Gomez-Talavera v. USA

Filing 2

MEMORANDUM DECISION AND ORDER Denying Petitioner's Motion Under 28 U.S.C. 2255. Signed by Judge Ted Stewart on 11/17/2011. (tls)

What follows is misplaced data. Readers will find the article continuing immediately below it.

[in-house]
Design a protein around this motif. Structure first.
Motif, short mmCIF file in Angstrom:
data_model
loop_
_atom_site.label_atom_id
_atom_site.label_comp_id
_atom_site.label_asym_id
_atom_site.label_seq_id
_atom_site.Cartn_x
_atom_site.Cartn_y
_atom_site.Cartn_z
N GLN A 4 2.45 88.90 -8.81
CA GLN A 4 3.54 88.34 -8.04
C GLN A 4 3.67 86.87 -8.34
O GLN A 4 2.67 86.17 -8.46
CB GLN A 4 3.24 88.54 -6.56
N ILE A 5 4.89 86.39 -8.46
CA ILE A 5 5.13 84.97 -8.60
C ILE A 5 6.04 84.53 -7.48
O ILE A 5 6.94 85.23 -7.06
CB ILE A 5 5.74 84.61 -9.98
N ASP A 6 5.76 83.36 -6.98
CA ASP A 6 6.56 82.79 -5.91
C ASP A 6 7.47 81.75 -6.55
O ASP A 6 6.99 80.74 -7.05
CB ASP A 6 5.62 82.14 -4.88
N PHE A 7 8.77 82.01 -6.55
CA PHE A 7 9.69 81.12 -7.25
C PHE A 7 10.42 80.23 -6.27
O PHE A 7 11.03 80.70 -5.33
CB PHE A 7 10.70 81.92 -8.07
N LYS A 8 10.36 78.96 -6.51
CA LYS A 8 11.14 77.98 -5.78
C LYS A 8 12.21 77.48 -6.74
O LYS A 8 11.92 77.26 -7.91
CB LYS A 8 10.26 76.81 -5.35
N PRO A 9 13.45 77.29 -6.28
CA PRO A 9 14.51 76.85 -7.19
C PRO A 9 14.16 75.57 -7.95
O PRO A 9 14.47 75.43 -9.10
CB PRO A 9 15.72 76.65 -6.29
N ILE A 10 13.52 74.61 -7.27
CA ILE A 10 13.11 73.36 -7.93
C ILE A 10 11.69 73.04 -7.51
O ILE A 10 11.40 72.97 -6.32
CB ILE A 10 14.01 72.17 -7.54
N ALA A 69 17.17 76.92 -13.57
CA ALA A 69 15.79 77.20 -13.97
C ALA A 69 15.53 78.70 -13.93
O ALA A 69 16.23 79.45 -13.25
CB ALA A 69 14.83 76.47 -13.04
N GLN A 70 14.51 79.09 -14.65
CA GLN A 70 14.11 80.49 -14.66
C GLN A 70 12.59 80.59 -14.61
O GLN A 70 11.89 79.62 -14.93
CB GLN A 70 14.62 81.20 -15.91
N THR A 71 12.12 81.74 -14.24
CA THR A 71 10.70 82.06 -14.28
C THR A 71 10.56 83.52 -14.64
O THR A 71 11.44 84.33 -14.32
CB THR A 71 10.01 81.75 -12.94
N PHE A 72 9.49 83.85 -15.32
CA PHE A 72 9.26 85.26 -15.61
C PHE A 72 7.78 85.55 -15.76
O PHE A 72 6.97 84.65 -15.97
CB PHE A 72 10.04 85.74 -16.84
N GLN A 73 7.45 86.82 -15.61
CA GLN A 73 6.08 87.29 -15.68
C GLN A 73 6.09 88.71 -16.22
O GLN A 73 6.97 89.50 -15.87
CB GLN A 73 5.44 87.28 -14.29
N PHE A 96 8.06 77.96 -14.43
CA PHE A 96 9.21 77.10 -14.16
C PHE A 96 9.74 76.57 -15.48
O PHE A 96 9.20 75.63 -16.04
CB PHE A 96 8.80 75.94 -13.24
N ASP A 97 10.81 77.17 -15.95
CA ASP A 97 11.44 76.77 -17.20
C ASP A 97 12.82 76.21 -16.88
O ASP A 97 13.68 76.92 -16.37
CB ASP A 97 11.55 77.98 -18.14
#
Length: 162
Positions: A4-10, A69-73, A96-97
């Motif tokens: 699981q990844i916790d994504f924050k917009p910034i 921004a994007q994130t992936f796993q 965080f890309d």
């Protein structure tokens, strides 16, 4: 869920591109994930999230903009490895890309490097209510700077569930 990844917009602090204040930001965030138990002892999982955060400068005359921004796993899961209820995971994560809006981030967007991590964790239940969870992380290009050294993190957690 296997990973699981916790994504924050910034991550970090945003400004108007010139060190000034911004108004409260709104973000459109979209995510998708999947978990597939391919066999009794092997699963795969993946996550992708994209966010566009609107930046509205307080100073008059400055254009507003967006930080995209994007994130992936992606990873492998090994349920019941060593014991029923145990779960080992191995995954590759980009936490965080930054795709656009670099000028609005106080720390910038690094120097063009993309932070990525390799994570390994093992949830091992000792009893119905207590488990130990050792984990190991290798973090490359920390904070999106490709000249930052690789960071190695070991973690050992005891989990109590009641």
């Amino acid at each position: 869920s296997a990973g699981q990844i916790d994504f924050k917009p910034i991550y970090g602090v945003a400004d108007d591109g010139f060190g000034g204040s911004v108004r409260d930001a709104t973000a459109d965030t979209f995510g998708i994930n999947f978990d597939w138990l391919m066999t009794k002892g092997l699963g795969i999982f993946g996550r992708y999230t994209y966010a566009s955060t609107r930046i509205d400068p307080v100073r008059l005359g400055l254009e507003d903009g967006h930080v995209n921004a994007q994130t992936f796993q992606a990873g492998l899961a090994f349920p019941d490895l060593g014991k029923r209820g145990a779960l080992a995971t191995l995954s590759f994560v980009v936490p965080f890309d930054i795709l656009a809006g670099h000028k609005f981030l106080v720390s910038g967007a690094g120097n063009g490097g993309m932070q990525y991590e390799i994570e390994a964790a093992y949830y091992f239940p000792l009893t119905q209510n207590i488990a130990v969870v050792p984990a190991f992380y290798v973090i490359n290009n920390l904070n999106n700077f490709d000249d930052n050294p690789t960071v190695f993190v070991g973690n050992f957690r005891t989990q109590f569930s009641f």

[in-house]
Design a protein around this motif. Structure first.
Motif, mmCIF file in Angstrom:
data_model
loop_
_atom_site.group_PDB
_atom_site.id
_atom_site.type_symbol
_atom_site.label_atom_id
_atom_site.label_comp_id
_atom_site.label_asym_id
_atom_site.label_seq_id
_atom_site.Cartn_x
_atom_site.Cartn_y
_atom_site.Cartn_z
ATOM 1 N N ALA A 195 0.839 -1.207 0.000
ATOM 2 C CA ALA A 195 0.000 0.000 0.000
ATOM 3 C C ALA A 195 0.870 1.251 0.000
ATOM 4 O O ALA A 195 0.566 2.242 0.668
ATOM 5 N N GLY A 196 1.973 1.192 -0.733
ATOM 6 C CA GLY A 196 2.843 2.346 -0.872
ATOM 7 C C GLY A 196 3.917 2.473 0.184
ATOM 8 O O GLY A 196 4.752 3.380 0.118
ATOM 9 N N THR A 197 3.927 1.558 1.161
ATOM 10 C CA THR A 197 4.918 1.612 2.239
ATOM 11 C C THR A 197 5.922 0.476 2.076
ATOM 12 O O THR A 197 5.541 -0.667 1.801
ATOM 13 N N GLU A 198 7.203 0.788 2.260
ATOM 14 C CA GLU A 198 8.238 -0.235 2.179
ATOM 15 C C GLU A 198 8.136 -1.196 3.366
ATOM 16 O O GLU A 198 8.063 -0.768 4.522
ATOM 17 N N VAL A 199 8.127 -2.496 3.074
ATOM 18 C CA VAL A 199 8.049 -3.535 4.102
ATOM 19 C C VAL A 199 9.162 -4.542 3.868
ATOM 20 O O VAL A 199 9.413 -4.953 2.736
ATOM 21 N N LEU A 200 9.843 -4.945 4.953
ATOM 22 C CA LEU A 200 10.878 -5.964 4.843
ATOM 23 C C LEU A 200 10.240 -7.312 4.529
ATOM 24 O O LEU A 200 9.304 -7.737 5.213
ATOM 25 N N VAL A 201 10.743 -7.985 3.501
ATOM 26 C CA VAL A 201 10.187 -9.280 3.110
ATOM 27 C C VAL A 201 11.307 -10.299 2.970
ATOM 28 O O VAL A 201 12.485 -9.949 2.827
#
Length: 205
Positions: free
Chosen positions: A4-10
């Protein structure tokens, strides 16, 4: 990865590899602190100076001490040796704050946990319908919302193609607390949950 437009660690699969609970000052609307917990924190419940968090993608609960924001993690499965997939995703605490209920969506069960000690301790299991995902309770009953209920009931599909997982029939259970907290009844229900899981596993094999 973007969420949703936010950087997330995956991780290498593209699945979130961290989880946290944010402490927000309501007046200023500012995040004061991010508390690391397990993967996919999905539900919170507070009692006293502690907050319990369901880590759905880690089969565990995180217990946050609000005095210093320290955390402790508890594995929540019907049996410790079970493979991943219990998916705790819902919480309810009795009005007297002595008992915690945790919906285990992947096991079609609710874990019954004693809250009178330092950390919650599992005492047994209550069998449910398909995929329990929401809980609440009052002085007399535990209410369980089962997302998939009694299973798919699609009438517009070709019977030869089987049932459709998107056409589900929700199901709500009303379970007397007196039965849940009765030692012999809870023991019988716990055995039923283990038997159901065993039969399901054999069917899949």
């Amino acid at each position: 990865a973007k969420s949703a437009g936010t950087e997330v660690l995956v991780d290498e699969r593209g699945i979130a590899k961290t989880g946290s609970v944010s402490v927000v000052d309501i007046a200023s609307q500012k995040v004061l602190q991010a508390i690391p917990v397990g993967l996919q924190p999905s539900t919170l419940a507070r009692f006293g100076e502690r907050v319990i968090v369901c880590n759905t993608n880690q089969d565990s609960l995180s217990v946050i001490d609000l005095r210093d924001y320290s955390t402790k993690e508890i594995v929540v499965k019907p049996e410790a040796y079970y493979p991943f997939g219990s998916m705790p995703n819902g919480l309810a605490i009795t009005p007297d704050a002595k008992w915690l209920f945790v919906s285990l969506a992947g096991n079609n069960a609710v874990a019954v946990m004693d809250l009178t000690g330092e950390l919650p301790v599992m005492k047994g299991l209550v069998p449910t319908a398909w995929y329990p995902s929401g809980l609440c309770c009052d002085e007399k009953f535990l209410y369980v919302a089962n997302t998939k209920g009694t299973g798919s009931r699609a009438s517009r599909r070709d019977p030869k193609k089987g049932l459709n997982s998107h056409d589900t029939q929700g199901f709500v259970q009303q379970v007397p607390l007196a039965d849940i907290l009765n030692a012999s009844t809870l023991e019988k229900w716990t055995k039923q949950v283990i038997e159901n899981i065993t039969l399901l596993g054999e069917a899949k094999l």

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IN THE UNITED STATES COURT FOR THE DISTRICT OF UTAH CENTRAL DIVISION ALBERTO GOMEZ-TALAVERA, Petitioner, MEMORANDUM DECISION AND ORDER DENYING PETITIONER’S MOTION UNDER 28 U.S.C. § 2255 vs. UNITES STATES OF AMERICA, Civil Case No. 2:11-CV-1005 TS Respondent. Criminal Case No. 2:10-CR-806 TS This matter is before the Court on Petitioner’s Motion Under 28 U.S.C. § 2255. For the reasons discussed below, the Court will deny the Motion. I. BACKGROUND On September 1, 2010, Petitioner was named, along with his co-Defendant, in a felony information. Petitioner was charged with manufacture of a controlled substance by cultivation, possession of a firearm in furtherance of a drug trafficking crime, and illegal alien in possession of a firearm. Petitioner pleaded guilty to manufacture of a controlled substance by cultivation and being an illegal alien in possession of a firearm. On March 7, 2011, Petitioner was sentenced to the mandatory minimum term of 120 months. 1 Petitioner timely filed the instant Motion on October 28, 2011. Petitioner’s Motion is written on a standard form, but the section where Petitioner is supposed to state the grounds on which he challenges his conviction has been left blank. Since the filing of his Motion, the Court has received no further correspondence from Petitioner. II. DISCUSSION Proceedings under 28 U.S.C. § 2255 “are used to collaterally attach the validity of a conviction and sentence.”1 Rule 2 of the Rules Governing Section 2255 Proceedings for the United States District Courts requires a § 2255 motion to “specify all the grounds for relief available to the moving party;” “state the facts supporting each ground;” and “state the relief requested.”2 In his Motion, Petitioner sets forth absolutely no grounds for relief, nor does he state any facts or state the relief requested. Simply put, Petitioner provides nothing to the Court, let alone anything that would allow him to collaterally attack his sentence. As a result, the Court must deny Petitioner’s Motion. 1 McIntosh v. United States Parole Comm’n, 115 F.3d 809, 811 (10th Cir. 1997); see also 28 U.S.C. § 2255(a) (“A prisoner in custody under sentence of a court established by Act of Congress claiming the right to be released upon the ground that the sentence was imposed in violation of the Constitution or laws of the United States, or that the court was without jurisdiction to impose such sentence, or that the sentence was in excess of the maximum authorized by law, or is otherwise subject to collateral attack, may move the court which imposed the sentence to vacate, set aside or correct the sentence.”). 2 Rules Governing Section 2255 Proceedings for the United States District Courts, Rule 2(b)(1)-(3). 2 III. CONCLUSION Based upon the above, it is hereby ORDERED that Petitioner’s § 2255 Motion (Docket No. 1 in Case No. 2:11-CV-1005 TS) is DENIED for the reasons set forth above. It is further ORDERED that, pursuant to Rule 8(a) of the Rules Governing § 2255 Cases, an evidentiary hearing is not required. The Clerk of Court is directed to close Case No. 2:11-CV-1005 TS forthwith. SO ORDERED. DATED November 17, 2011. BY THE COURT: _____________________________________ TED STEWART United States District Judge 3

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